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This eBook from the Gutenberg Project consists of approximately 556 pages of information about The Vicomte De Bragelonne.

“That is true.”

“Well, has not M. Fouquet purchased a large garden at Saint-Mande, and do we not live here very tranquilly with him and his friends?”

“Yes, without doubt; unfortunately it is neither the garden nor the friends which constitute the resemblance.  Now, what likeness is there between the doctrine of Epicurus and that of M. Fouquet?”

“This — pleasure gives happiness.”

“Next?”

“Well, I do not think we ought to consider ourselves unfortunate, for my part, at least.  A good repast — vin de Joigny, which they have the delicacy to go and fetch for me from my favorite cabaret — not one impertinence heard during a supper an hour long, in spite of the presence of ten millionaires and twenty poets.”

“I stop you there.  You mentioned vin de Joigny, and a good repast; do you persist in that?”

“I persist, — anteco, as they say at Port Royal.”

“Then please to recollect that the great Epicurus lived, and made his pupils live, upon bread, vegetables, and water.”

“That is not certain,” said La Fontaine; “and you appear to me to be confounding Epicurus with Pythagoras, my dear Conrart.”

“Remember, likewise, that the ancient philosopher was rather a bad friend of the gods and the magistrates.”

“Oh! that is what I will not admit,” replied La Fontaine.  “Epicurus was like M. Fouquet.”

“Do not compare him to monsieur le surintendant,” said Conrart, in an agitated voice, “or you would accredit the reports which are circulating concerning him and us.”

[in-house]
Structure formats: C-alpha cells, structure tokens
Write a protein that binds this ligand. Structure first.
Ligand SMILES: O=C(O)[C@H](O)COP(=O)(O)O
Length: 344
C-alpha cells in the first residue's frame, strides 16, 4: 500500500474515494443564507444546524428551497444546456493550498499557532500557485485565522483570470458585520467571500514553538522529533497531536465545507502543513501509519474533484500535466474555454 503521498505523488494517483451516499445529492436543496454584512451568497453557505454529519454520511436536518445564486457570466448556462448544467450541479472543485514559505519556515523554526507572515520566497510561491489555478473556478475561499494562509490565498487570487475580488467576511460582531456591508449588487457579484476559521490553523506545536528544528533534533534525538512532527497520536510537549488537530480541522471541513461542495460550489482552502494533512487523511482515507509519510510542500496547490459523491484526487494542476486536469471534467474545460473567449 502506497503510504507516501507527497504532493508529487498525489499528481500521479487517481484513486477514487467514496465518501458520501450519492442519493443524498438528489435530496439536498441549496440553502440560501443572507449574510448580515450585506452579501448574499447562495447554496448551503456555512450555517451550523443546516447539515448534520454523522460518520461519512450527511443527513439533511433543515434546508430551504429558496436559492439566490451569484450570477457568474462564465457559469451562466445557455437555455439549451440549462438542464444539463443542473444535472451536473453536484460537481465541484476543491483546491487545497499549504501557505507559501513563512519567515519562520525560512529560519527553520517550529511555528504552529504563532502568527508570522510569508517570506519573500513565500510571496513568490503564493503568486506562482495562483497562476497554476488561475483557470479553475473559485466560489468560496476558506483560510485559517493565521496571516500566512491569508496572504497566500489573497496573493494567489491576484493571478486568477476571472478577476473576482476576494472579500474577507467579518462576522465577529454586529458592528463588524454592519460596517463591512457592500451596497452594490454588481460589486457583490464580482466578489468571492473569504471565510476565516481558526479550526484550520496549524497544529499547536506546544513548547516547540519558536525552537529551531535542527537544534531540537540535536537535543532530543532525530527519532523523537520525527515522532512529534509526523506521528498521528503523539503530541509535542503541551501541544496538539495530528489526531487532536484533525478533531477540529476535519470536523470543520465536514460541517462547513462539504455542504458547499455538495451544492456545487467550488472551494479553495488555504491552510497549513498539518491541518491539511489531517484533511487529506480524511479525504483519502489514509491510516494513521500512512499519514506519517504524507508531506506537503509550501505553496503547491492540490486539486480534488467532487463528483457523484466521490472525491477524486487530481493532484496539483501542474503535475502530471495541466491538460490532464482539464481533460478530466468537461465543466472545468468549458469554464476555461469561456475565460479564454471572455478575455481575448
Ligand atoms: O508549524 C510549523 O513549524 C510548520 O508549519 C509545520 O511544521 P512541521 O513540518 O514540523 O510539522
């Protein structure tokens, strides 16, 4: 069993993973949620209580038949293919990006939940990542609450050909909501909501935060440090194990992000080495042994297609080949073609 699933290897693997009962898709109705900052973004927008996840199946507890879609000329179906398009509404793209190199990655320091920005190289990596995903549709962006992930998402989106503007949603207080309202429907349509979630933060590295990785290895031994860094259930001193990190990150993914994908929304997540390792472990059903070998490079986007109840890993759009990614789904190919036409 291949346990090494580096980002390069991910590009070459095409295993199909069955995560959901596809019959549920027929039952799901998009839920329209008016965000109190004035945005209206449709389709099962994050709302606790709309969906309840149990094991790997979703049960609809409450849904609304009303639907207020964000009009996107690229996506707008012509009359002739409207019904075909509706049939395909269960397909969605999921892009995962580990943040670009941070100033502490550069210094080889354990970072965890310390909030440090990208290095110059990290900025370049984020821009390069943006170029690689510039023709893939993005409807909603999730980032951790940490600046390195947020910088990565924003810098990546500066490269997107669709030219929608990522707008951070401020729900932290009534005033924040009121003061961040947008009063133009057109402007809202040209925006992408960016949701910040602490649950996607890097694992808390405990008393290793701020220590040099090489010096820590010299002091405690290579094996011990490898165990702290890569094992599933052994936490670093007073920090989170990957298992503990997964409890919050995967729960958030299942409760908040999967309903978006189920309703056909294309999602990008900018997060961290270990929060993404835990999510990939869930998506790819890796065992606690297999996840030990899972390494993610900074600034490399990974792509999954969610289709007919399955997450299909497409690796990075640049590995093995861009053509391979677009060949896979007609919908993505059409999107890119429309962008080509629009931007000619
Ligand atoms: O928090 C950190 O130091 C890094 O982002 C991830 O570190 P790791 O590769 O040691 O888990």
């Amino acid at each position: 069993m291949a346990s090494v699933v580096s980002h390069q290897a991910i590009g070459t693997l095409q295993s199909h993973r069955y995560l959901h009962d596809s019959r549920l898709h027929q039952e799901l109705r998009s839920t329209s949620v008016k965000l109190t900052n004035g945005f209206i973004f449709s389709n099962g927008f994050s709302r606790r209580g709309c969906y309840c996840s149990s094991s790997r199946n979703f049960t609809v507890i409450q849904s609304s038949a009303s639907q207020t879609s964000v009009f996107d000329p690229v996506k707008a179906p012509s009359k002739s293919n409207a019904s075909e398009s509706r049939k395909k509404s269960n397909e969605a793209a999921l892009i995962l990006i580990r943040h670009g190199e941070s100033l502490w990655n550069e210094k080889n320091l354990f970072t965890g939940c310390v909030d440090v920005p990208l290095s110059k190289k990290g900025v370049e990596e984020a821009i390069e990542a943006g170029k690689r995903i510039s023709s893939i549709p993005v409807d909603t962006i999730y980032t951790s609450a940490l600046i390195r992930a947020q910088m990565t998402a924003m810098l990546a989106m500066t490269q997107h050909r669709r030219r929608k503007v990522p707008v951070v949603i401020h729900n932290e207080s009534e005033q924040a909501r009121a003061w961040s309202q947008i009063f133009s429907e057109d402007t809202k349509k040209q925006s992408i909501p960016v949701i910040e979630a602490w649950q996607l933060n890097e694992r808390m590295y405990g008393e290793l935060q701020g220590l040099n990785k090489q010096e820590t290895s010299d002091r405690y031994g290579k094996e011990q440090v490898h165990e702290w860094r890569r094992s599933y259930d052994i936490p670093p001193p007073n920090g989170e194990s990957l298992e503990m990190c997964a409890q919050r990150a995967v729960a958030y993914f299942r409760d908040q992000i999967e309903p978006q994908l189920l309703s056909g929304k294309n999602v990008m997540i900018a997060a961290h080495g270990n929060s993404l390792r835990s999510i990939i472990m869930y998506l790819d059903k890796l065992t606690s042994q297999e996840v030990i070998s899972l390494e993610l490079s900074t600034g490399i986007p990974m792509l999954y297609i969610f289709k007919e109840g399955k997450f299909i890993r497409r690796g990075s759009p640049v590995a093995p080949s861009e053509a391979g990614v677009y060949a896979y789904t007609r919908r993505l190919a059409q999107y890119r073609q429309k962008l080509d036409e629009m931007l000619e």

“What reports?”

“That we are bad Frenchmen, lukewarm with regard to the king, deaf to the law.”

“I return, then, to my text,” said La Fontaine.  “Listen, Conrart, this is the morality of Epicurus, whom, besides, I consider, if I must tell you so, as a myth.  Antiquity is mostly mythical.  Jupiter, if we give a little attention to it, is life.  Alcides is strength.  The words are there to bear me out; Zeus, that is, zen, to live.  Alcides, that is, alce, vigor.  Well, Epicurus, that is mild watchfulness, that is protection; now who watches better over the state, or who protects individuals better than M. Fouquet does?”

“You talk etymology and not morality; I say that we modern Epicureans are indifferent citizens.”

“Oh!” cried La Fontaine,” if we become bad citizens, it is not through following the maxims of our master.  Listen to one of his principal aphorisms.”

“I — will.”

“Pray for good leaders.”

“Well?”

“Well! what does M. Fouquet say to us every day?  ’When shall we be governed?’ Does he say so?  Come, Conrart, be frank.”

“He says so, that is true.”

“Well, that is a doctrine of Epicurus.”

“Yes; but that is a little seditious, observe.”

“What! seditious to wish to be governed by good heads or leaders?”

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